Akhethetep

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Relief of Akhethetep, from his mastaba.
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Akhethétep
in hieroglyphs

Akhethetep (also Akhethotep or Akhty-hotep) was a high dignitary of Ancient Egypt who lived during the Fifth Dynasty around 2400 BC.[1] He was a son of Peseshet.[2][3] Akhethotep and his son Ptahhotep Tshefi were senior court officials during the rule of Djedkare (2414-2375 BC) and of Unas (Weinis), towards the end of the 5th dynasty (2494 to 2345 BC).[4][5][6]

He is famous for his tomb, discovered in Giza by French Egyptologist Georges Aaron Bénédite in 1903 and which was later reassembled in the Louvre. One of the depictions on the wall of the tomb was Akhethotep directing the building of the tomb. On one stele Akhethotep is called "prophet of the Unas pyramid Nefer asut"; but on the other he is "prophet of the Unas pyramid Asut asutt."[7]

References[edit]

  1. ^ "Sacrificial chamber of the tomb of Akhethotep". Heritage Key. Archived from the original on 14 March 2011. Retrieved 8 April 2011.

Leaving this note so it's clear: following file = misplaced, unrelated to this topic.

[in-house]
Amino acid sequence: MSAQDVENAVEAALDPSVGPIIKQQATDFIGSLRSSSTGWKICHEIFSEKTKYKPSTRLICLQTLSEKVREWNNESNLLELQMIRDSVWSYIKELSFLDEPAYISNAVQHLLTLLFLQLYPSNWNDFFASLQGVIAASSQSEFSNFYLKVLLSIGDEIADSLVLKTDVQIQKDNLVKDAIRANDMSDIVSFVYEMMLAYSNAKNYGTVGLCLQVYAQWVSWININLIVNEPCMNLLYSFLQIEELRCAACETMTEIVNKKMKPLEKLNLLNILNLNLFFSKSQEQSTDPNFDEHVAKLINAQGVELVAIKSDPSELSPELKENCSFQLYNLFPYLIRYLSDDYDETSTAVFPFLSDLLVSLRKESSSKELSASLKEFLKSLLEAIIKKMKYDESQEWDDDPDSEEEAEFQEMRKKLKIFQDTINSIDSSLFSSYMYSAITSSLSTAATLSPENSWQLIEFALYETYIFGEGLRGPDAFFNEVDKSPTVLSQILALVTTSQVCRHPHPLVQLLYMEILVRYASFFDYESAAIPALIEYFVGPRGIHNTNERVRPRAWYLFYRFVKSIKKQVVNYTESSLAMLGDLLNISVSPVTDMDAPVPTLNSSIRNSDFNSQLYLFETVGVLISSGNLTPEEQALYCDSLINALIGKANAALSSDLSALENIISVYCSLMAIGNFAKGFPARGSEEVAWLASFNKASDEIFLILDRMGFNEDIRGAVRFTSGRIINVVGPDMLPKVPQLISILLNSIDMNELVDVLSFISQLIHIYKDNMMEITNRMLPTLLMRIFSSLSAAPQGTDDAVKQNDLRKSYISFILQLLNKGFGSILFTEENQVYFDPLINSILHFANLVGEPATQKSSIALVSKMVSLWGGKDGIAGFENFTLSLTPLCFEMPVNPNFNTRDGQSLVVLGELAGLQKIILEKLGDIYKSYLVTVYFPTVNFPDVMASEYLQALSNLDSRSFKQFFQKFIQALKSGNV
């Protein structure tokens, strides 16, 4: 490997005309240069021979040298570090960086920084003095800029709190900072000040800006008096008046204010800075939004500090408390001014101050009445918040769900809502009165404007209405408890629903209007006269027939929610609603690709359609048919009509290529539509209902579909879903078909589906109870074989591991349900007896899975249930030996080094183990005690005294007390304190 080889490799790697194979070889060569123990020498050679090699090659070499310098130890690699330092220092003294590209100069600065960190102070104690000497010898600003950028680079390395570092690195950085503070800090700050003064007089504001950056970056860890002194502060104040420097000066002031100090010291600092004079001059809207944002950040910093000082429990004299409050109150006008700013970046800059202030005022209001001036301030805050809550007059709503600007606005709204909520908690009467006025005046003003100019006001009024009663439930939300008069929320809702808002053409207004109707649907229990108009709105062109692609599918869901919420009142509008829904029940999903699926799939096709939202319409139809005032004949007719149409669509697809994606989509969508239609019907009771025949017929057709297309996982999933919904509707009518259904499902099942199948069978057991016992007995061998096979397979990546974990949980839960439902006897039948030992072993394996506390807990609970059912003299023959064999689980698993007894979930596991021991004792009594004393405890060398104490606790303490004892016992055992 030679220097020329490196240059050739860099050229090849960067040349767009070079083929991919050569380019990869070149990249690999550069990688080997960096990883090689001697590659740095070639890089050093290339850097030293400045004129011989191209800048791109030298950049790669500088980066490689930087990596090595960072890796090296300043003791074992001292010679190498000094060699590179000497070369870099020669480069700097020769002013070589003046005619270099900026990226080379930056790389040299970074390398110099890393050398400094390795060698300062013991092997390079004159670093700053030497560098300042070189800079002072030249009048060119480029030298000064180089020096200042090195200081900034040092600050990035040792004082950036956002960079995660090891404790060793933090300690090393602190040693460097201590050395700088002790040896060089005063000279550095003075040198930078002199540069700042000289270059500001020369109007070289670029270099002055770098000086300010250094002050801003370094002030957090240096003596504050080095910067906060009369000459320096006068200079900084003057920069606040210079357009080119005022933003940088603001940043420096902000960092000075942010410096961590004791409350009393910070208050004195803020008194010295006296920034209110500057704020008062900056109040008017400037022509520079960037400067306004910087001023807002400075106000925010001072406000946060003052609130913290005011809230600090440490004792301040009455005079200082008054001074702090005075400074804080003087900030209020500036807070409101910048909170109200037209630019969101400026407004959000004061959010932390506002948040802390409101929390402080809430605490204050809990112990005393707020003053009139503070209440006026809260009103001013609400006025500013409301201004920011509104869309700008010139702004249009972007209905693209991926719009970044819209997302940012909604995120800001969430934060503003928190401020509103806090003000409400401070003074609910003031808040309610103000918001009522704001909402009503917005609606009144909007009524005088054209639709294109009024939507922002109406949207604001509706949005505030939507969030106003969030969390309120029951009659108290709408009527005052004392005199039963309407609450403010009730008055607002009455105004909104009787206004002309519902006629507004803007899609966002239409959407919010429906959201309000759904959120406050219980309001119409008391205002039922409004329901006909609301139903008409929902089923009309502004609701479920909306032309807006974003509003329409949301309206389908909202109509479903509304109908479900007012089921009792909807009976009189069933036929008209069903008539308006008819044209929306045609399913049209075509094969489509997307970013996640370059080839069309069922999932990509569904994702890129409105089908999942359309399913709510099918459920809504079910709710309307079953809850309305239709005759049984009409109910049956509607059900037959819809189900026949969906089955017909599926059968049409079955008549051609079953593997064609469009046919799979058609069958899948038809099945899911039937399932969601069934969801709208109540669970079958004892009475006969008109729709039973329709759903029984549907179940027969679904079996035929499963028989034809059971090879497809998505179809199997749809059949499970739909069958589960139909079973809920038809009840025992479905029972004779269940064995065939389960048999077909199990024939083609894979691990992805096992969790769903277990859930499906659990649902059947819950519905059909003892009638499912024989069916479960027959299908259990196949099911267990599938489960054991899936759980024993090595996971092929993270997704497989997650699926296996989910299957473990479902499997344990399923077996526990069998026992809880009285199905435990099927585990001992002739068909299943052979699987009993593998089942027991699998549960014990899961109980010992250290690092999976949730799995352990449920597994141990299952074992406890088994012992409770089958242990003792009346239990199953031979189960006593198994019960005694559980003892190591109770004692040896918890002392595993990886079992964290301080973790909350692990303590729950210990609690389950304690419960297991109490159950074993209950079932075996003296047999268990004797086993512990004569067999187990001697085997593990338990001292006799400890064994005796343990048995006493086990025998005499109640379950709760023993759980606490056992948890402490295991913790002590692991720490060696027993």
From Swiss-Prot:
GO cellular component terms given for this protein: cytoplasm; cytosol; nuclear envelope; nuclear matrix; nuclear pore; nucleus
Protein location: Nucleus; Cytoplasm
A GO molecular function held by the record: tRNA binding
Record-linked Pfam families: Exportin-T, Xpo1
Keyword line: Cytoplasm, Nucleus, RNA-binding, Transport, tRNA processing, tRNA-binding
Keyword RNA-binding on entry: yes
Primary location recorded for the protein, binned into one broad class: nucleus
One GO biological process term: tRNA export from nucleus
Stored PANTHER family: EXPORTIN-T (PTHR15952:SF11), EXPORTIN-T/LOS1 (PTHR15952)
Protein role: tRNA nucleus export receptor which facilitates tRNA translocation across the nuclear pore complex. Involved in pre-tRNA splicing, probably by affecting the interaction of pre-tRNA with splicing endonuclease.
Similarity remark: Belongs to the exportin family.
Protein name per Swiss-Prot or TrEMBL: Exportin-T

2. ^ Giorgio Lise, Medicina nell'antico Egitto, Cordani 1978, p.41
  3. ^ Paul Ghalioungui, Les plus anciennes femmes-médecins de l'histoire, in BIFAO 75 (1975), pp.159-164
  4. ^ "Egyptian Monuments". Tomb of Akhethotep and Ptahhotep. Egyptsites.wordpress. Retrieved 9 April 2011. 
  5. ^ "Lonely Planet review for Tomb of Akhethotep & Ptahhotep". Lonelyplanet. Retrieved 9 April 2011. 
  6. ^ Jozef M. A. Janssen; International Association of Egyptologists. ANNUAL EGYPTOLOGICAL BIBLIOGRAPHY 1975. Brill Archive. pp. 109–. GGKEY:7HUN9CNK03G. Retrieved 9 April 2011. 
  7. ^ Petrie, Sir William Matthew Flinders; Mahaffy, Sir John Pentland; Milne, Joseph Grafton; Stanley Lane-Poole (1903). A history of Egypt. Methuen & co. Retrieved 16 April 2011.